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IE of a waterfall

  1. Dec 3, 2006 #1
    1. The problem statement, all variables and given/known data
    The water passing over Victoria Falls, located along the Zambezi River on the border of Zimbabwe and Zambia, drops about 105 m. How much internal energy is produced per kg as a result of the fall?


    2. Relevant equations

    PE=mgh
    KE=mc * deltaT

    3. The attempt at a solution

    PE=33.0067 u * 9.81 * 105= 33998.55134 J
    KE= ??

    How do I calculate KE if they don't give me the temp of the water?
    To get the IE, do I just add KE and PE?

    Thanks
     
  2. jcsd
  3. Dec 3, 2006 #2

    Doc Al

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    Staff: Mentor

    I don't see anyone asking you to caculate the rise in temperature (though you could). All you need to figure out is the increase in internal energy. Calculate the amount of mechanical energy converted to internal energy after the water falls. (Hint: What happens to the kinetic energy when the water crashes at the bottom of the falls.)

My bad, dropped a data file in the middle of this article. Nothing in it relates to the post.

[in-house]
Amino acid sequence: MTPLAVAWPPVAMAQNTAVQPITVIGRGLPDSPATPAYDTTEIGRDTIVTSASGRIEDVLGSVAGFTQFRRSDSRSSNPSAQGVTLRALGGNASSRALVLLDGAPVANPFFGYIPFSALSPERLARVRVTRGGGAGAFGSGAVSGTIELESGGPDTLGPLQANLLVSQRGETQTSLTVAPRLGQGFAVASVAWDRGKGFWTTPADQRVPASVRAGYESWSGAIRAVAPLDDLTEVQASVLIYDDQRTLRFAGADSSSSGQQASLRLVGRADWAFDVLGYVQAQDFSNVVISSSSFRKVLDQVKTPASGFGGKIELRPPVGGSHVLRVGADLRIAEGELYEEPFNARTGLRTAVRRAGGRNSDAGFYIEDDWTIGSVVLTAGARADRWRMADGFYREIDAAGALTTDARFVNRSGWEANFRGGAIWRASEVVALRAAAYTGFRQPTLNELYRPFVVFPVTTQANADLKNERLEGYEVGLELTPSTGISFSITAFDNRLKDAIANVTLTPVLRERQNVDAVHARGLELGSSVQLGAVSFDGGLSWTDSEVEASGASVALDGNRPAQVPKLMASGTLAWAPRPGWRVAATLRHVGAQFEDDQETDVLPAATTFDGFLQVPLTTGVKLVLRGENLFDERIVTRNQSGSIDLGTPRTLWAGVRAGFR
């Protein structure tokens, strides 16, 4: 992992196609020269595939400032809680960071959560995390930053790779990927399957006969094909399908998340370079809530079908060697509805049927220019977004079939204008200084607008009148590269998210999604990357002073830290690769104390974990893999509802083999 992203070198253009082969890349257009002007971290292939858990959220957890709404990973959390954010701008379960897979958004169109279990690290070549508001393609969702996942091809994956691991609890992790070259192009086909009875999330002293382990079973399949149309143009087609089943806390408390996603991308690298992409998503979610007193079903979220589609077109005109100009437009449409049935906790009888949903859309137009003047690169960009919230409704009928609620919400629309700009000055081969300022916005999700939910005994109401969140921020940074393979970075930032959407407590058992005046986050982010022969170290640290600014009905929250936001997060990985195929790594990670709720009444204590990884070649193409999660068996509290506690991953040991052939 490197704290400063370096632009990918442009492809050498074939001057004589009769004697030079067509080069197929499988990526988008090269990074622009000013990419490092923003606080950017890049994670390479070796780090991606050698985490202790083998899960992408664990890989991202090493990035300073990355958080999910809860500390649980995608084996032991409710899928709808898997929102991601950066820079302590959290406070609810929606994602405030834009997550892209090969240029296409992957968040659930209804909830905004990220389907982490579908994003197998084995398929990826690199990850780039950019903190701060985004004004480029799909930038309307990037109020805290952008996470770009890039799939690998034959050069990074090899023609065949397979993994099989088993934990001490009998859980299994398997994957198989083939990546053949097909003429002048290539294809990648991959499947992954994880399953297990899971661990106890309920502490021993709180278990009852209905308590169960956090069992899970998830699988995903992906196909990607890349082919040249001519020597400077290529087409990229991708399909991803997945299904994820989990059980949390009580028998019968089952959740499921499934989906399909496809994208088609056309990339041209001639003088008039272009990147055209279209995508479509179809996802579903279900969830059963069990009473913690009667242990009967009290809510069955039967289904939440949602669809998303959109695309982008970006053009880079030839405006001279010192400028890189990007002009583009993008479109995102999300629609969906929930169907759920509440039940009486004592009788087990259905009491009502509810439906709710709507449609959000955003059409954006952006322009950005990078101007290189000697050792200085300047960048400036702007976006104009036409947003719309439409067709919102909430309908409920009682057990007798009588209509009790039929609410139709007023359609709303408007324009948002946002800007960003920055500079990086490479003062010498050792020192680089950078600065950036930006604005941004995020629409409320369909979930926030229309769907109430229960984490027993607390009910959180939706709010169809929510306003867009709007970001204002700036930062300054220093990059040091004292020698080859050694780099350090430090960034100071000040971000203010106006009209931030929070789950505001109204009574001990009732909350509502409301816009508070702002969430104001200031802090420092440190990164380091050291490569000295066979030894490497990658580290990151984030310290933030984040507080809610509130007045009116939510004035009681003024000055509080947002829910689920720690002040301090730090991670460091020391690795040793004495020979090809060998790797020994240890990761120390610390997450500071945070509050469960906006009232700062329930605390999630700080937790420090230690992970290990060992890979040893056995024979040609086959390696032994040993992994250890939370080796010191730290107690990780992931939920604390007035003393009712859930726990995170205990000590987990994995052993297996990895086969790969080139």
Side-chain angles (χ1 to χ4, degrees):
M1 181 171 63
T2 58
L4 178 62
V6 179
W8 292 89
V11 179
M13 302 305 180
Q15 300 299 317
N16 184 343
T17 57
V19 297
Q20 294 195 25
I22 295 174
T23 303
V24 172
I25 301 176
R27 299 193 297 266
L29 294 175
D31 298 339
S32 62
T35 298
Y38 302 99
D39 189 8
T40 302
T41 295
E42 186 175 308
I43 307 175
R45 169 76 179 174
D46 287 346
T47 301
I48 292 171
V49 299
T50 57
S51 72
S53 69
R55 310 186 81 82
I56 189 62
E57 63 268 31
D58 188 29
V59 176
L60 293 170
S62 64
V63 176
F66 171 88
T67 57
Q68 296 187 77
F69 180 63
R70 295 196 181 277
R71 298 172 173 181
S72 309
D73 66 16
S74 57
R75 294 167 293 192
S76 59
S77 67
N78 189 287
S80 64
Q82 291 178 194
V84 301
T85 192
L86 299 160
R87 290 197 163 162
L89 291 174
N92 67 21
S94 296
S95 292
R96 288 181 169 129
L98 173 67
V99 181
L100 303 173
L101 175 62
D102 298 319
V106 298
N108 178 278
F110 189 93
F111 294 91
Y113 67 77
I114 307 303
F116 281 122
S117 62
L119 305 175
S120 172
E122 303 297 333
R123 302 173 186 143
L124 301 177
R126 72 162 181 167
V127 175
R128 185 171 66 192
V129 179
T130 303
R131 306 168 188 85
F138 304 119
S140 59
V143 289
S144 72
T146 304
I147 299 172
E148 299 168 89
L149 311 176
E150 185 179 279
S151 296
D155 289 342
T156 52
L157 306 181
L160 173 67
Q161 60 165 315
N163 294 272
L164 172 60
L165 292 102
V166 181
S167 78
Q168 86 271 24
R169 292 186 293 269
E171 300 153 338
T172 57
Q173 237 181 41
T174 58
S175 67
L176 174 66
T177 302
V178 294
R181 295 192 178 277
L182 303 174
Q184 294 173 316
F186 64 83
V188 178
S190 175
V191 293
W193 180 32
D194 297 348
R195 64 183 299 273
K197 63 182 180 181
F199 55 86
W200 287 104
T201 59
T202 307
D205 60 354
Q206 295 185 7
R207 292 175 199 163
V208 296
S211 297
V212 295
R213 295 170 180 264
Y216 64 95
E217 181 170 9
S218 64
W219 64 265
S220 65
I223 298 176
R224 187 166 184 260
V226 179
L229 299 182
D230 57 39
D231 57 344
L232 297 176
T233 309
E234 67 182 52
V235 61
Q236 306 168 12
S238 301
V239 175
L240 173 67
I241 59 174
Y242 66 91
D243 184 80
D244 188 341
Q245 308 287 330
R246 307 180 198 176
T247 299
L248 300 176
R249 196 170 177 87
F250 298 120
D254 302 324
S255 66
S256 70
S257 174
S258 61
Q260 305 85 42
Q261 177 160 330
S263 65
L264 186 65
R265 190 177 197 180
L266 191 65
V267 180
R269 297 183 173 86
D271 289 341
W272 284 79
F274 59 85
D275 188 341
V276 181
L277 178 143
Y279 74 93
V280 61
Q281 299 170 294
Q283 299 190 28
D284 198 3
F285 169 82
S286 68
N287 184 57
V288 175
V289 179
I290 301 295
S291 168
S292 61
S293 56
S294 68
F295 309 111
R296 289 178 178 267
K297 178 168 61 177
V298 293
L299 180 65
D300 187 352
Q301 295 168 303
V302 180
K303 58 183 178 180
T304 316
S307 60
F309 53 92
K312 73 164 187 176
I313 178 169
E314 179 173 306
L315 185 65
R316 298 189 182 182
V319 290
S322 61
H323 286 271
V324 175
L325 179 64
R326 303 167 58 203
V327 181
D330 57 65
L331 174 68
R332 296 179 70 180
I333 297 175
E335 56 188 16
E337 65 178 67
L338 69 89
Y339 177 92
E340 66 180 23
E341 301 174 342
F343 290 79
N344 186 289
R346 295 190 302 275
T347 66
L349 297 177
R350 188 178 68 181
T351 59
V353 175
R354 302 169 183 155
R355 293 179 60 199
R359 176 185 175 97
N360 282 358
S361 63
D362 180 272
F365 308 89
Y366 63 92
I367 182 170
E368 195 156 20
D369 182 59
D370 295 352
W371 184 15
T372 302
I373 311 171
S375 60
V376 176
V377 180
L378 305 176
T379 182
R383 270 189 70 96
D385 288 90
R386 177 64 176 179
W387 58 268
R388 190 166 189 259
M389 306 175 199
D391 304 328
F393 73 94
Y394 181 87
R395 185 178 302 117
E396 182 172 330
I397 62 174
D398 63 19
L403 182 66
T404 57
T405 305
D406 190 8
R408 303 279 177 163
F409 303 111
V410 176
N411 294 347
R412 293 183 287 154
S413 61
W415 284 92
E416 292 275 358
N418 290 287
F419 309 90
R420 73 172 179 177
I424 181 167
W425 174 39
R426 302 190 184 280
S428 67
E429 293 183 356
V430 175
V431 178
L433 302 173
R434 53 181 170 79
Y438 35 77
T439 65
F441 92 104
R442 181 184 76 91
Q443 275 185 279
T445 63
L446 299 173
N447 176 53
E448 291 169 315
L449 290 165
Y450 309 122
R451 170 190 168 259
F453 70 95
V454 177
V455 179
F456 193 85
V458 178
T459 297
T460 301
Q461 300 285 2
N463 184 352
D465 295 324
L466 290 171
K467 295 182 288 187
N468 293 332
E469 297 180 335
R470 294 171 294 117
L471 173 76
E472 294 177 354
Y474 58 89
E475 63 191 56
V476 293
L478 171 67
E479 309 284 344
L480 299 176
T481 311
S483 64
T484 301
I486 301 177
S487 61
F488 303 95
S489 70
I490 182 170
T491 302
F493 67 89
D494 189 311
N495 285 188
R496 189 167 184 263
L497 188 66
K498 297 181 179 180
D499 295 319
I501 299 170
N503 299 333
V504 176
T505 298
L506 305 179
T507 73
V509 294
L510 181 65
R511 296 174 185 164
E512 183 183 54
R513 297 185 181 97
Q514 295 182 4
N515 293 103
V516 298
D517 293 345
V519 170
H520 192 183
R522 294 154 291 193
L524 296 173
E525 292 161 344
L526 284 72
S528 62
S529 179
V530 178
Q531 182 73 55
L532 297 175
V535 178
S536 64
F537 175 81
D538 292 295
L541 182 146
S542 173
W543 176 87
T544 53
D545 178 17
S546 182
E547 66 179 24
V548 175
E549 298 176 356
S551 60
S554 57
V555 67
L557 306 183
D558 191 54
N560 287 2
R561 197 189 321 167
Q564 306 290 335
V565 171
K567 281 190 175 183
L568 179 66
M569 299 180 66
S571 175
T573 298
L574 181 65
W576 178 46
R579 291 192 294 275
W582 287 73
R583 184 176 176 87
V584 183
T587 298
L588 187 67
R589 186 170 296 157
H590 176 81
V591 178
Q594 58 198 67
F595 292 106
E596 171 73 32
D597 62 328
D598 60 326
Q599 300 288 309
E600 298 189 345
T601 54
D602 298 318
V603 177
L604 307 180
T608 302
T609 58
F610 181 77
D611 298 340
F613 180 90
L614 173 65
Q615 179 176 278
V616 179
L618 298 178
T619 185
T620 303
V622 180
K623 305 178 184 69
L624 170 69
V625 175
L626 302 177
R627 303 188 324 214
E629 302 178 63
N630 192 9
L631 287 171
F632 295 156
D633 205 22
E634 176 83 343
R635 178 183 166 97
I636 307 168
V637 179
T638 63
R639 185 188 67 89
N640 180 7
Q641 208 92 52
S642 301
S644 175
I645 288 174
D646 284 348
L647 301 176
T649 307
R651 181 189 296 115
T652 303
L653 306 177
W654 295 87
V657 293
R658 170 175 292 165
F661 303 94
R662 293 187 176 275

4. Dec 3, 2006 #3
    Internal energy is the total energy (the sum of kinetic and potential energies) attributed to the particles of matter.

    So wouldn't I have to calculate PE and KE, then add their values to get the total internal energy?
     
  5. Dec 4, 2006 #4

    Doc Al

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    Staff: Mentor

    I think you need to be more precise and distinguish internal energy from macroscopic mechanical energy. Read this: Internal Energy

    When the water falls and crashes into the rocks (or still water) its ordered, macroscopic KE is transformed into disordered microscopic internal energy. How much KE does 1 kg of water have at the bottom of the falls?
     
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